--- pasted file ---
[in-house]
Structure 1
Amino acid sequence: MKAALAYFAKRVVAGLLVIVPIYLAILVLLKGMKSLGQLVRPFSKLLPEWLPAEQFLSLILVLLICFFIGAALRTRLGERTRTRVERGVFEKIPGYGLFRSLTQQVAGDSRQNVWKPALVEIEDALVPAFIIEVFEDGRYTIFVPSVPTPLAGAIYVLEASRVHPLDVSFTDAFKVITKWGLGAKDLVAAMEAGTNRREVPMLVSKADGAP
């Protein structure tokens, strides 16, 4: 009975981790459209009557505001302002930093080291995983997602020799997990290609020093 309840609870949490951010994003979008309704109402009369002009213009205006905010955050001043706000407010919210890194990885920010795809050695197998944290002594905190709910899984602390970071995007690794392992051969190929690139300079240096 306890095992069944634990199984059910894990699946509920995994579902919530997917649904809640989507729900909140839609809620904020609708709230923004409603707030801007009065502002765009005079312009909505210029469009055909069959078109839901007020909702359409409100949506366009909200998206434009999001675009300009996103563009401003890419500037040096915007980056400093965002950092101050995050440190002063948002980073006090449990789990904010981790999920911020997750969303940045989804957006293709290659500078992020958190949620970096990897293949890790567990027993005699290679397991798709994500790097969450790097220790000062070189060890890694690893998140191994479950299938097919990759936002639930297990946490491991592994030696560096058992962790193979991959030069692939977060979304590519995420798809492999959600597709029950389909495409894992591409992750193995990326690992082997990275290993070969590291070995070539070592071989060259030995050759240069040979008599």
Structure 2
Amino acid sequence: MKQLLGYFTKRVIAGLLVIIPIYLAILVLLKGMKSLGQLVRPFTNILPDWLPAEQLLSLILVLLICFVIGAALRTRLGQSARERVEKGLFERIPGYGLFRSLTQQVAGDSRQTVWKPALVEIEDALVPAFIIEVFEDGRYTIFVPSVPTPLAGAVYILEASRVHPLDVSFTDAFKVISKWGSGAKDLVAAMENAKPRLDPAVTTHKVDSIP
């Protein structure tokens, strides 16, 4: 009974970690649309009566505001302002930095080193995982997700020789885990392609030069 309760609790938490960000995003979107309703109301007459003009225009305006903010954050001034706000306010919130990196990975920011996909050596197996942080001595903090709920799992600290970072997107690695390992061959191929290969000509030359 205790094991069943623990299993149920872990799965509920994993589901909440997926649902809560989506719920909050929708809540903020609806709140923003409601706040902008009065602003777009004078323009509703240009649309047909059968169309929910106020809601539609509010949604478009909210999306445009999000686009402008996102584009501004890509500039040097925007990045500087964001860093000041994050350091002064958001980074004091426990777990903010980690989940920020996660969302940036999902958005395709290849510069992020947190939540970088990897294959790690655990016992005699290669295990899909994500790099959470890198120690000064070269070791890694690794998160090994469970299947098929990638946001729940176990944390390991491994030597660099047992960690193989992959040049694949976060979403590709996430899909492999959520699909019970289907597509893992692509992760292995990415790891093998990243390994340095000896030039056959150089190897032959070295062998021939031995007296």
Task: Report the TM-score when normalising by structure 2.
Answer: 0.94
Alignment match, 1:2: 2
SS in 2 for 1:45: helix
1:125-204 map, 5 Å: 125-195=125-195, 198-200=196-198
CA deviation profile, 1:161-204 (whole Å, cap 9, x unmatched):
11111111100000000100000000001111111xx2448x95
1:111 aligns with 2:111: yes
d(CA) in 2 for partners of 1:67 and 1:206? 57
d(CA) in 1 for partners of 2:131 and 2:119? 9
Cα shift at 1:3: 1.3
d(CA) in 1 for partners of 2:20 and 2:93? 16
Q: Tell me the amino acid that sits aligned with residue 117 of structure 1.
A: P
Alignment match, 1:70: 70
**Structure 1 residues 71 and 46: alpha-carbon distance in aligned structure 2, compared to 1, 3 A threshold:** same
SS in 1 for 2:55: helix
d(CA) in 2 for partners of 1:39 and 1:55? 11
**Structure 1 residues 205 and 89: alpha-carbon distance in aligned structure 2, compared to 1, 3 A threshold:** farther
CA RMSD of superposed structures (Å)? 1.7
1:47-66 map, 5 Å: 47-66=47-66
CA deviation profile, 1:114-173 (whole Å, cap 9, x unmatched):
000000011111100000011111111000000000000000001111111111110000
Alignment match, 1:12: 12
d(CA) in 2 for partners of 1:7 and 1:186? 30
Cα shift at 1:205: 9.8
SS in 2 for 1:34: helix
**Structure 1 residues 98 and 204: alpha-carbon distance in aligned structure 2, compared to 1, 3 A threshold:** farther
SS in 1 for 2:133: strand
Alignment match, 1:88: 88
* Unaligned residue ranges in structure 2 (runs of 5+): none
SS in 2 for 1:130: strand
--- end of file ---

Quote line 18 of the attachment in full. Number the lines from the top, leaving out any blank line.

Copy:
Cα shift at 1:3: 1.3